What are some of the differences between online teaching and in-person teaching?
There are key differences between online and in-person courses and this centres around synchronous or asynchronous delivery. In-person courses are synchronous and students attend courses at a certain time; this is not always true of online delivery courses. Another key difference is there is more flexibility in terms of modality of assessment and content delivery and design in online courses, meaning that you can implement and supplement with multimodal engagement pieces more readily in online delivery. In addition, communication aspects are different in online courses which means that it is important to have clearly defined channels to communicate with students (using Quercus or email for example).
What are some practices in relation to synchronous and asynchronous delivery?
A balance between synchronous and asynchronous is often a more inclusive and accessible design for online delivery courses. Asynchronous material can be delivered in small 6-10 minute lecturettes (research shows this is the ideal length for engagement with recorded material), or other types of module material, resources, and reflective questions, that can be supplemented during synchronous meetings.
What are some ways that I can create community in my online course?
This resource from Faculty Focus highlights strategies for community building.
What are some examples of formative and summative assessments and activities that I can use in online teaching?
Which assessment and activity you decide will be dependent on your course learning outcomes. Here are some examples:
1. Student Engagement: Immediate response in lecture, polls & surveys using instructional tech (Zoom polls, quizzes in Quercus)
2. Active Learning: Participatory questions in lecture, case studies, student-generated test questions, student-curated resources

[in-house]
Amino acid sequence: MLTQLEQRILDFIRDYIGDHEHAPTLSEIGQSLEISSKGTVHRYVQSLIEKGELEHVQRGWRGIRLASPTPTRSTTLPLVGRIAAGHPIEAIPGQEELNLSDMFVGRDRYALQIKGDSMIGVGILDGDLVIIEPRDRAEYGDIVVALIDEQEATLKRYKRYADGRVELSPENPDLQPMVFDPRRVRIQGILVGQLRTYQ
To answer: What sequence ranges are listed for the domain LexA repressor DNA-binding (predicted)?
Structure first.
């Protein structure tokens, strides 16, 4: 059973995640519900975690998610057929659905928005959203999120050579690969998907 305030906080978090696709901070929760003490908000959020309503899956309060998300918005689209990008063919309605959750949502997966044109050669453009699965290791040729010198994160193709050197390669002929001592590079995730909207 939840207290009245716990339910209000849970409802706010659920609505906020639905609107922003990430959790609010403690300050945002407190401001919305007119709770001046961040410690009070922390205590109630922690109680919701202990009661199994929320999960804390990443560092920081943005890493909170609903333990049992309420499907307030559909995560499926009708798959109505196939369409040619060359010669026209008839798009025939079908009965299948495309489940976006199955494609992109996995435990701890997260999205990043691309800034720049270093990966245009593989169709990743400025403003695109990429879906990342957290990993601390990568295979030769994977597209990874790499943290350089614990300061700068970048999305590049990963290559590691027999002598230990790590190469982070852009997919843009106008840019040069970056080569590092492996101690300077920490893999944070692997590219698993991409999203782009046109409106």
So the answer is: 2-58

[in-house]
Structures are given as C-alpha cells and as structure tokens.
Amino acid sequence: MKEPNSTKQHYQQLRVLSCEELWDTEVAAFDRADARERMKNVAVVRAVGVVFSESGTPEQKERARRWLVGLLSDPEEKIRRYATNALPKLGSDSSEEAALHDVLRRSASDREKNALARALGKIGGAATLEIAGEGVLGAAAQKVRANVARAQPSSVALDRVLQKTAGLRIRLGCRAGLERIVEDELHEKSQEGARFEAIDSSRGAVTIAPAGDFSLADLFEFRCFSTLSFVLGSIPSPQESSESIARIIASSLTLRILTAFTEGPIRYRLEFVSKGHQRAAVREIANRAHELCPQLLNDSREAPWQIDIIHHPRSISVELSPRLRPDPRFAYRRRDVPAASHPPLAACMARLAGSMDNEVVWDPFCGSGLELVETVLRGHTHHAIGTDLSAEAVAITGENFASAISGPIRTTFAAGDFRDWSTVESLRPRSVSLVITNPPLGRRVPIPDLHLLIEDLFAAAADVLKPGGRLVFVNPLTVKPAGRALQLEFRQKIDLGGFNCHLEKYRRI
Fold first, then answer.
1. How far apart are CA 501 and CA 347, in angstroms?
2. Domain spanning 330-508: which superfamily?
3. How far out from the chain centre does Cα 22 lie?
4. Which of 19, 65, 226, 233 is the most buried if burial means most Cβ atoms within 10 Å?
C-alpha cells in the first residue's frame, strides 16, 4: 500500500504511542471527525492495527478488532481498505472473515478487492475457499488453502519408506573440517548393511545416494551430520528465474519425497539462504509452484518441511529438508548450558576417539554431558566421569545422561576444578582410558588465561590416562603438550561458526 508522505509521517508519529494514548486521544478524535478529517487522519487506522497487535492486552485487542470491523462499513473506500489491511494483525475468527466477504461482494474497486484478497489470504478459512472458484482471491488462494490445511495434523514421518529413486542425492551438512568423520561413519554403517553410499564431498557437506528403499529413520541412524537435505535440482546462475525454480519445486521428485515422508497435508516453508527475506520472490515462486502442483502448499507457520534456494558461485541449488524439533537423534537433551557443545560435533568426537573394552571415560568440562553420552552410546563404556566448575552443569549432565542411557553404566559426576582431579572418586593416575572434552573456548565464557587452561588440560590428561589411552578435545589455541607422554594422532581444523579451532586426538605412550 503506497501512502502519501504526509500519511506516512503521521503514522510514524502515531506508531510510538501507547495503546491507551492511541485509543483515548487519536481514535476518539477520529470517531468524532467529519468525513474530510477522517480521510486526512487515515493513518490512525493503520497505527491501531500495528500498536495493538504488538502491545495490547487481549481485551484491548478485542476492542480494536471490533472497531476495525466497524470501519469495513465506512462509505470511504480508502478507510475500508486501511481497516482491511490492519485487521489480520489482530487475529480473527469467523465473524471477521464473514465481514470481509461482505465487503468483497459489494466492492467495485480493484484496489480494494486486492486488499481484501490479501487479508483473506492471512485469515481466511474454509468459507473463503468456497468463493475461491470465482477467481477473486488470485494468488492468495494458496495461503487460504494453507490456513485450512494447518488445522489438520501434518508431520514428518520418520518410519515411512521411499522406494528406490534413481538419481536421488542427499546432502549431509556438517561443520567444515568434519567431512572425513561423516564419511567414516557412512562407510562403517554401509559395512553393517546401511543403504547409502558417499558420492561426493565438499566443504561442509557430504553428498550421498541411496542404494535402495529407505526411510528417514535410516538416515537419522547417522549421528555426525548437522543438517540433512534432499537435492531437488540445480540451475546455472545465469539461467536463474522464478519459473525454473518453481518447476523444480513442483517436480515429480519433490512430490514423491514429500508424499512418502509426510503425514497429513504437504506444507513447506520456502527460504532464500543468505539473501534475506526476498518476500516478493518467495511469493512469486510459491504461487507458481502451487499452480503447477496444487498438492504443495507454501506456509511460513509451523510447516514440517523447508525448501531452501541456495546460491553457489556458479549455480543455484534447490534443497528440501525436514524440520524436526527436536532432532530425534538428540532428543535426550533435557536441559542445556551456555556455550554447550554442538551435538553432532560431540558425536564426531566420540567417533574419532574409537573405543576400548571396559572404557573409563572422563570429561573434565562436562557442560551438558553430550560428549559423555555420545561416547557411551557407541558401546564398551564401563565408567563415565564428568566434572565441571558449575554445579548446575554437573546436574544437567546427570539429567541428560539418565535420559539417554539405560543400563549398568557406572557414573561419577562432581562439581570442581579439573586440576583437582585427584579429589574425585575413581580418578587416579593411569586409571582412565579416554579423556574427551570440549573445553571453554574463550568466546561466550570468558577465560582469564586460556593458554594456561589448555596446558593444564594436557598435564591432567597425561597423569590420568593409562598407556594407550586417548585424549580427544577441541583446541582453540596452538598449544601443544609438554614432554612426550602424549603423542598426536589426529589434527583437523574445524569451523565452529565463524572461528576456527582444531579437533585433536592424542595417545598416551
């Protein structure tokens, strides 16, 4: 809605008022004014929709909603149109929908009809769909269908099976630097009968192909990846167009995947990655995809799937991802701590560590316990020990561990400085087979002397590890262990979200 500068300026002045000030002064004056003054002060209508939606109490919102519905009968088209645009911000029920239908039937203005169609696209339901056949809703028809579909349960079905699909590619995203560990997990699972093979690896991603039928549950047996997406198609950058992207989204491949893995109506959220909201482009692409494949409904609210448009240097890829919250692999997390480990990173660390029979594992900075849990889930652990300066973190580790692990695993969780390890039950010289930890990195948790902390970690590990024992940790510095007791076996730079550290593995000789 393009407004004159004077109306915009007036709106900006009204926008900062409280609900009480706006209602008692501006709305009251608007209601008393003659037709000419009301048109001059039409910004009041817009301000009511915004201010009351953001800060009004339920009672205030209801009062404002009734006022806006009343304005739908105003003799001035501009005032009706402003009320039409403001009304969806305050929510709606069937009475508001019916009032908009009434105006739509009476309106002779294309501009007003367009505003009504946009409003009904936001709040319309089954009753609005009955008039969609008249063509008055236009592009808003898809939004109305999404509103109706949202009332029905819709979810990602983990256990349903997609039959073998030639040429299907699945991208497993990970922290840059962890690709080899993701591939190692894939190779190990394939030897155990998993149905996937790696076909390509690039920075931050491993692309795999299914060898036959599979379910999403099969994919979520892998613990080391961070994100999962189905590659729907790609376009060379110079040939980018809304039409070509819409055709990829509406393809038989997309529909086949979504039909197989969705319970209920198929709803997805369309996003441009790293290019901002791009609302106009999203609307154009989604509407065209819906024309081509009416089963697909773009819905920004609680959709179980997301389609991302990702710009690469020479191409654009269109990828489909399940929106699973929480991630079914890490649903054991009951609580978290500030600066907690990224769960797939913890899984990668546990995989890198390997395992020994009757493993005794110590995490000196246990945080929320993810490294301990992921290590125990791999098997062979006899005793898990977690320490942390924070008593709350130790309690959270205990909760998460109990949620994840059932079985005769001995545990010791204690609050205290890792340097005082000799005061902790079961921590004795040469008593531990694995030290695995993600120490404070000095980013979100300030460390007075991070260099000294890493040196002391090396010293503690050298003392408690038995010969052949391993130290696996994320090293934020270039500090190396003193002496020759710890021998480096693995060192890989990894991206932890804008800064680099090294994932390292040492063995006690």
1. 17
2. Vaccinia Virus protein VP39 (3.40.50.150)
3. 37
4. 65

3. Collaborative Learning: Breakout groups, wikis, blogs, podcasts, video demos, projects
4. Summative: Portfolios, tests, case studies, exams (oral or written with exam wrappers)
How do I design meaningful quizzes?
Quizzes often are used for quick comprehension checks or for participation or engagement during synchronous course delivery. You can make your quizzes be more meaningful in design if they work as both a pre and post check for knowledge. You can also add a meaningful component to a quiz by asking students to apply concepts in short answers as opposed to only using multiple-choice quizzes.
Are there any tips for icebreakers/community building exercises that work particularly well online?
This resource from the University of Wisconsin, lists a few icebreaker suggestions for online delivery.
Can you suggest a resource to help support scaffolding my assessments?
This resource speaks to some concepts to consider when scaffolding assessments and activities in your course.
What are different forms of feedback that we can provide? What works best- audio comments/video recordings/written feedback?
Multimodal feedback can work well during the semester. You may choose to have textual feedback and maybe have audio or video feedback for another assessment. As long as you are clear as to how that feedback will be delivered the students know what to expect.
Instructional Technology Questions
How do I create a poll in Zoom?
This link outlines how to create a poll in Zoom
How do I create groups for discussion and engagement for online delivery?
Groups can be created as breakout rooms in Zoom.
What resources can support students with questions related to online instruction?
This resource by the UTM Library provides guidance for students. You can post a link to it in your Quercus shell.
What are the minimum recommended technical requirements for students?
This page, from the Office of the Vice-Provost Students, outlines technical requirements.